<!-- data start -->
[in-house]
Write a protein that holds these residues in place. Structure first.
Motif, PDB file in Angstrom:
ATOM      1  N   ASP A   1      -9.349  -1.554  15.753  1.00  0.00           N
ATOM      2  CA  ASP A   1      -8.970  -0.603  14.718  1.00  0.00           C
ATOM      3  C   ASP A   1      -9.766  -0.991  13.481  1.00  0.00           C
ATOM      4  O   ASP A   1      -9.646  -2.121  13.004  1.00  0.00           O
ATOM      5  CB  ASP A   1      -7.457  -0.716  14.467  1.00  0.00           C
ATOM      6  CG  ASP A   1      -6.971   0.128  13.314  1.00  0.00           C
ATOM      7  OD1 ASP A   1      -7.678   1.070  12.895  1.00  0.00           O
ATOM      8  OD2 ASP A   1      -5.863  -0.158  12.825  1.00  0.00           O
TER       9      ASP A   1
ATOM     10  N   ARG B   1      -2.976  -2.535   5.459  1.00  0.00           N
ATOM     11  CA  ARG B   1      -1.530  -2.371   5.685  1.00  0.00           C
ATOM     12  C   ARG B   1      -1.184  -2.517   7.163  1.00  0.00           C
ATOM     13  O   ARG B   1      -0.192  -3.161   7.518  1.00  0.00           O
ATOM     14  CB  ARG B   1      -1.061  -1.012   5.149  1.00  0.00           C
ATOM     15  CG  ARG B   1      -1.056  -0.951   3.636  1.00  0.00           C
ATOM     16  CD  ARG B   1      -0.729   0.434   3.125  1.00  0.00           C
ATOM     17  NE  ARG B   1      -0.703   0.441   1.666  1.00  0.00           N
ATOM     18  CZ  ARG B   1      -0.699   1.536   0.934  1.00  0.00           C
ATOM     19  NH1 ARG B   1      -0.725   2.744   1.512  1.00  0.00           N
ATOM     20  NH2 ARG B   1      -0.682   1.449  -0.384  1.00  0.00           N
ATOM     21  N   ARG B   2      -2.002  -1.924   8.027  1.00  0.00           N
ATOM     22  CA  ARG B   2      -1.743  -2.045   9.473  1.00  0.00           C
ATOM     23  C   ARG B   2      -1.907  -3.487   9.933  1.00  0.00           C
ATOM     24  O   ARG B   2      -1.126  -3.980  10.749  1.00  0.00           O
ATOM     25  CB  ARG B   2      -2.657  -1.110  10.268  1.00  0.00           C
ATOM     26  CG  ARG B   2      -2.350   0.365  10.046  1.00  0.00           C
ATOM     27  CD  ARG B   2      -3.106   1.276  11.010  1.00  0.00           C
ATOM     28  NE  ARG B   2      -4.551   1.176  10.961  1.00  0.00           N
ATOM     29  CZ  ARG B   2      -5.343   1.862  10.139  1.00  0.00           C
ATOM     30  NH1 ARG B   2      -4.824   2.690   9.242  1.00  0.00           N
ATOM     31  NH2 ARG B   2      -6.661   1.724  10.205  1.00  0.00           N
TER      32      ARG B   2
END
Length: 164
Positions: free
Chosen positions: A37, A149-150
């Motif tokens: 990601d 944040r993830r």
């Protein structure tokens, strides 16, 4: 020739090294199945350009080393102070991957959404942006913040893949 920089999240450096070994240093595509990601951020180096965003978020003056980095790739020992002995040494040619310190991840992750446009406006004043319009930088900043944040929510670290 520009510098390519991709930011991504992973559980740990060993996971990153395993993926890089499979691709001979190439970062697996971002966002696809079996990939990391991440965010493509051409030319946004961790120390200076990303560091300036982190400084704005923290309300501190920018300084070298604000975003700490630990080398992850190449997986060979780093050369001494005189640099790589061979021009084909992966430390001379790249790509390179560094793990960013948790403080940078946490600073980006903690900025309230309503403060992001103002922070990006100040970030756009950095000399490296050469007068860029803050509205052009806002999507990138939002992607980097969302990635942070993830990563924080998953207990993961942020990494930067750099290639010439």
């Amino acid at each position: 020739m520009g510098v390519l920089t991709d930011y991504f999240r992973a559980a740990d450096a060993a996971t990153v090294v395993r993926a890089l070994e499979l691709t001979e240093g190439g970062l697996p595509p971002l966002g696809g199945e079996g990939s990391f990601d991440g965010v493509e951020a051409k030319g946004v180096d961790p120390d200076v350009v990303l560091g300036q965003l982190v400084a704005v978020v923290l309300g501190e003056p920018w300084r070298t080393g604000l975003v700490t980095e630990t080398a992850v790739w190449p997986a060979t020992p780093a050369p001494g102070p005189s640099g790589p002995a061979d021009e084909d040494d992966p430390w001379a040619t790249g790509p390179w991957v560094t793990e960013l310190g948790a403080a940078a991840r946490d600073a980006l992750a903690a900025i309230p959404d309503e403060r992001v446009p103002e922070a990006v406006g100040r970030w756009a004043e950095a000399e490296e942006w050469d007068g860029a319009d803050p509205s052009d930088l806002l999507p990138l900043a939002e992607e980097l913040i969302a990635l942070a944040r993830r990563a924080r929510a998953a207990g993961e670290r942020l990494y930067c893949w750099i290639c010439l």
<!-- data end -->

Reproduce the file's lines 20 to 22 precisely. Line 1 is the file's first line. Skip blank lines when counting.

ATOM     17  NE  ARG B   1      -0.703   0.441   1.666  1.00  0.00           N
ATOM     18  CZ  ARG B   1      -0.699   1.536   0.934  1.00  0.00           C
ATOM     19  NH1 ARG B   1      -0.725   2.744   1.512  1.00  0.00           N